I have a radius and the 2 angles for northSouth and eastWest rotations in degrees. I need a Spherical position or a cartesian position (I have code translate one to the other)

Where a position is defined as one of the following ...

class Vector {
  public float x; // distance along x axis
  public float y; // distance along y axis
  public float z; // distance along z axis

class SphericalPosition {
   public float radius;       // distance from center
   public float azimuth;      // distance from 0 degrees around polar axis
   public float inclination;  // distance up from equator (x,z plane)

I am looking for an implementation to one of the following 2 methods ...

SphericalPosition FromAngles(float radius, float degreesUpDown, float degreesRound)


Vector FromAngles(float radius, float degreesUpDown, float degreesRound)


EDIT: Maybe someone can confirm or deny this but given a radius and 2 angles I believe this is referred to as a polar coordinate?

So in that light I guess i'm asking how to convert from a polar coordinate defined as the following ....

class PolarPos
   public float radius;         // distance from center
   public float AngleUpDown;    // rotation of x,z plane
   public float AngleLeftRight; // rotation round y axis

... in to one of the above

EDIT 2: Ah ha ok it looks like what I have are the radius and ...

orbital / inclination angle (in degrees): http://en.wikipedia.org/wiki/Orbital_inclination

and the polar / azimuth angle (in degrees): http://en.wikipedia.org/wiki/Azimuth

And essentially I think I need the math to turn degrees in to longitude / latitude type coords (the spherical position as defined above).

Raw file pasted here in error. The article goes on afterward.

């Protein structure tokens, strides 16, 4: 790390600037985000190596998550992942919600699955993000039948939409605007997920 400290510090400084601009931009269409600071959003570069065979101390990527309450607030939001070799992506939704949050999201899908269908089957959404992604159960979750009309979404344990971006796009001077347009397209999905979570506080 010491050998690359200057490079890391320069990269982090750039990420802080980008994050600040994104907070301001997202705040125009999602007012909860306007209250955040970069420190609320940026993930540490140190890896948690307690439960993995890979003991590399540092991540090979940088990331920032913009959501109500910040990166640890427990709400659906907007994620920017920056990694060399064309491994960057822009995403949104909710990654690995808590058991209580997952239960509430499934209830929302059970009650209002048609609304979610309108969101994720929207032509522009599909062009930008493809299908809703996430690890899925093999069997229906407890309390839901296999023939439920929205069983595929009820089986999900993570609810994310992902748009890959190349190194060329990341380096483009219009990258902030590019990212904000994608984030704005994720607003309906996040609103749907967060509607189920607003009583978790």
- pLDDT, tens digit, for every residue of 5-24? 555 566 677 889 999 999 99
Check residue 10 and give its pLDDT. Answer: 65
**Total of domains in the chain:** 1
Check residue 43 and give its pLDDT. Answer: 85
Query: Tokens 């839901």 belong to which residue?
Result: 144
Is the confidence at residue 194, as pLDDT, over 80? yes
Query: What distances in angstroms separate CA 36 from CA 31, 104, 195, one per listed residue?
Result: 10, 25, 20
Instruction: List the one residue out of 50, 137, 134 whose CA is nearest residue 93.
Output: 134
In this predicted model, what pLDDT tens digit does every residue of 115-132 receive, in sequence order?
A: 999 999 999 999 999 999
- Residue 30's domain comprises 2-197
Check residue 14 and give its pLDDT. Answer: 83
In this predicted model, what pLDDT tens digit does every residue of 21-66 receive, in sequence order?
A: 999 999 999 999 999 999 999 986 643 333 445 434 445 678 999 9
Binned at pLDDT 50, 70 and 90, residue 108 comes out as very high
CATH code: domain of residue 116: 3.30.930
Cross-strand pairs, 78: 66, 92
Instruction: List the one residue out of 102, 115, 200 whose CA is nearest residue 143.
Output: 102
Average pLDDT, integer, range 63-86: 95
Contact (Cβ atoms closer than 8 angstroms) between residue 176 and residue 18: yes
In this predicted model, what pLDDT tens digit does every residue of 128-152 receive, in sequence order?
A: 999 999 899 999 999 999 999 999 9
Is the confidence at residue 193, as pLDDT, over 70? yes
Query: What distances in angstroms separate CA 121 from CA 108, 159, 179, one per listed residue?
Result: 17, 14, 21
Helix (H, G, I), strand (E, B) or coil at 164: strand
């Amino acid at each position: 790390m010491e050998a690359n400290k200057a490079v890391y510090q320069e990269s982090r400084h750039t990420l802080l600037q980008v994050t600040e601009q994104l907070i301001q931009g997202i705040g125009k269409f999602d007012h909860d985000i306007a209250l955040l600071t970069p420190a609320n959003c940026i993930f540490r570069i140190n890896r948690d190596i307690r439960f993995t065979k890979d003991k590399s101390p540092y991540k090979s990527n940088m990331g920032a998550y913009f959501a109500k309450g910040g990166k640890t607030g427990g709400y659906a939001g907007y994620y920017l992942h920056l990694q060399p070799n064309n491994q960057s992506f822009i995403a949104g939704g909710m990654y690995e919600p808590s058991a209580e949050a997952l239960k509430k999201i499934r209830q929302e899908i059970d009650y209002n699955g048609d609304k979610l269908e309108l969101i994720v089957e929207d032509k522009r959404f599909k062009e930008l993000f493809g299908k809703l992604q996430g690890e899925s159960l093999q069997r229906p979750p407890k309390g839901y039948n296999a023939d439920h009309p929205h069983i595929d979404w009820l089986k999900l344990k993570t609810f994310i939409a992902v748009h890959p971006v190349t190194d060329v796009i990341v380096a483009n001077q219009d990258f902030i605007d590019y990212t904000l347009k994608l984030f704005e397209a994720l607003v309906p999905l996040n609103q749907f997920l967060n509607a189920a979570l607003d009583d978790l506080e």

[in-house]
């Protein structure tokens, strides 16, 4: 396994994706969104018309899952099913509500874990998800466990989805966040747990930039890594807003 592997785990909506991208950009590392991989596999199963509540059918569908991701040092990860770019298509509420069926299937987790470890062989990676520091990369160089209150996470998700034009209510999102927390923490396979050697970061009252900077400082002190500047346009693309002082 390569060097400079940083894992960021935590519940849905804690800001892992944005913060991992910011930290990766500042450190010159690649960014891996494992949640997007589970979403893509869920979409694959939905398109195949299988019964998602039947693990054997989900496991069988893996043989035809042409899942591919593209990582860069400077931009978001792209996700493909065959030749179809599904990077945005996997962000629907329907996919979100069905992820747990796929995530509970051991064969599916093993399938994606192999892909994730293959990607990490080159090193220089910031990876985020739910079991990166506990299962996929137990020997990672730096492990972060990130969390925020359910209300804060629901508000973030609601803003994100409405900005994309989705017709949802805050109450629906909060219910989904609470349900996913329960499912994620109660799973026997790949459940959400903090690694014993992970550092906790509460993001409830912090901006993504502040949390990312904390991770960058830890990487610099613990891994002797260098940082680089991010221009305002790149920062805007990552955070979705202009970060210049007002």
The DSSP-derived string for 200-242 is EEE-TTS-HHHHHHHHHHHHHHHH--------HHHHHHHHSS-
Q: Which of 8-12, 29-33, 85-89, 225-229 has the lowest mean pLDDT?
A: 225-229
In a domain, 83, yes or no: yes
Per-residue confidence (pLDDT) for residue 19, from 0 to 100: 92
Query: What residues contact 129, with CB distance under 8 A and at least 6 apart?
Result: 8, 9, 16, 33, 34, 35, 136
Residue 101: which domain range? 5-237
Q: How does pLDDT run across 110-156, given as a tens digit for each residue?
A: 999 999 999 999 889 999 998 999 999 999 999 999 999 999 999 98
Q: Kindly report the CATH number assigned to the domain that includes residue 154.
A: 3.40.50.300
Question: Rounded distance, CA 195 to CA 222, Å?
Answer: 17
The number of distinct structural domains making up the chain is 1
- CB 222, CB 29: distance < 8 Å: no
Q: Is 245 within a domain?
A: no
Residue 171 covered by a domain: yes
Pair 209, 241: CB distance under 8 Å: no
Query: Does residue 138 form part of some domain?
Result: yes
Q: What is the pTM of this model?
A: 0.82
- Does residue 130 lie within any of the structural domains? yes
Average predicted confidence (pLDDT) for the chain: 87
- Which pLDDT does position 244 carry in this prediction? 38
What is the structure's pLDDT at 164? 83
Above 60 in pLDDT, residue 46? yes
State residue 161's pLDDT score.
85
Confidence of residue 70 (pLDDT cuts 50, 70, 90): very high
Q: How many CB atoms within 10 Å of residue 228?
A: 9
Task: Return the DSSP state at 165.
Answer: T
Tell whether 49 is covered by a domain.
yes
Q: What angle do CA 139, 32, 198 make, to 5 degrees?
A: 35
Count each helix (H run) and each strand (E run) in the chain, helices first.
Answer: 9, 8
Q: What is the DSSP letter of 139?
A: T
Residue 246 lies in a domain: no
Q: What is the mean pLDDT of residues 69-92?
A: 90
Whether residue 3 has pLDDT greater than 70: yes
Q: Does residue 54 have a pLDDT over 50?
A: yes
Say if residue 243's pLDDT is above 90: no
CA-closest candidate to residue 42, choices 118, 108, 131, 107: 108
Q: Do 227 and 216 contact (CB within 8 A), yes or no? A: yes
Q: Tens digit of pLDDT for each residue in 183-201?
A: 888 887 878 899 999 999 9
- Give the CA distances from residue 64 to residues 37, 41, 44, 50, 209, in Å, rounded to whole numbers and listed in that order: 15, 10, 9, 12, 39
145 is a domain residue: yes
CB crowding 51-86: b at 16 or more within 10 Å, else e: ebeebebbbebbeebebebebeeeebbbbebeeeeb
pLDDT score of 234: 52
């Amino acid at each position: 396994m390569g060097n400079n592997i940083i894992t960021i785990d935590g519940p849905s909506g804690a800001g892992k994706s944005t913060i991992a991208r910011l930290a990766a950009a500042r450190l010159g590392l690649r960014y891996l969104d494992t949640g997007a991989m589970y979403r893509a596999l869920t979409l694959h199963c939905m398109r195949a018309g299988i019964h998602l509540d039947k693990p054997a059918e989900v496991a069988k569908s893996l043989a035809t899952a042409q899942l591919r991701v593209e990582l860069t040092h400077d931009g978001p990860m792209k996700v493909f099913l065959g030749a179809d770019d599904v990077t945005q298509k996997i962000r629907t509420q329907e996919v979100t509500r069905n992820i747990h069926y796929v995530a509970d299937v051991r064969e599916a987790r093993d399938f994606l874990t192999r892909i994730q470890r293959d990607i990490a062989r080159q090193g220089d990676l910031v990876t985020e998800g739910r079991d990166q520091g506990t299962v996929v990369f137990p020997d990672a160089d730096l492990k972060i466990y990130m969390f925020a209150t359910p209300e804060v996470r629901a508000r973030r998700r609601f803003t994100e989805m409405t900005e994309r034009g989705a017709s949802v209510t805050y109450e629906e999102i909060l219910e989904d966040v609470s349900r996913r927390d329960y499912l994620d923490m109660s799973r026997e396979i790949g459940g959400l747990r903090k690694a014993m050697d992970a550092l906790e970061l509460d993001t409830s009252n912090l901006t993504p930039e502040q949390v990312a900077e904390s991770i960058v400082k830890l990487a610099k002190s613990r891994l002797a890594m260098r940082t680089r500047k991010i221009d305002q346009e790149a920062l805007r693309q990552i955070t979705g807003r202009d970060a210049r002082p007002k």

• \$\begingroup\$ Are you asking how you convert Geographic coordinates to Cartesian coordinates? \$\endgroup\$
    – Casey
    Mar 1, 2015 at 15:28
  • \$\begingroup\$ not exactly ... i have the radius and an angle on 2 axis and I want either a cartesian or a spherical position, if I had one I could convert to the other but I have neither. \$\endgroup\$
    – War
    Mar 1, 2015 at 15:53
  • \$\begingroup\$ How is this question not trivially addressed by Googling "Azimuthal Coordinates", yielding: en.wikipedia.org/wiki/… \$\endgroup\$ Mar 1, 2015 at 16:04
  • \$\begingroup\$ Maybe its my understanding of these coordinate systems that is wrong ? is a spherical positions azimuth and inclination values distances or angles? I think they are distances and its the angles I have. \$\endgroup\$
    – War
    Mar 1, 2015 at 16:09
  • \$\begingroup\$ Regardless whether you are needing polar or spherical coordinates, you need 2 angles and one distance (for 3D, at least. 2D only requires one angle) \$\endgroup\$
    – Casey
    Mar 1, 2015 at 16:12

1 Answer 1


I was having this issue today and thought I would share what I found. Link to some Maths!

I resolved this code into the following C# code, making note that my up axis is Y:

private Vector3 getPosition(float hAngle, float vAngle, float distance)
    Vector3 result = new Vector3();
    result.x = (Mathf.Sin(hAngle * Mathf.Deg2Rad) * Mathf.Cos(vAngle * Mathf.Deg2Rad)) * distance;
    result.z = (Mathf.Cos(hAngle * Mathf.Deg2Rad) * Mathf.Cos(vAngle * Mathf.Deg2Rad)) * distance;
    result.y = (Mathf.Sin(vAngle * Mathf.Deg2Rad)) * distance;
    return result;

Is it the best solution? no idea but it works for me :) hAngle is the horizontal angle around the Y axis, and that * Mathf.Deg2Rad is converting the Euler angle into a Radian.

Hope this helps someone.


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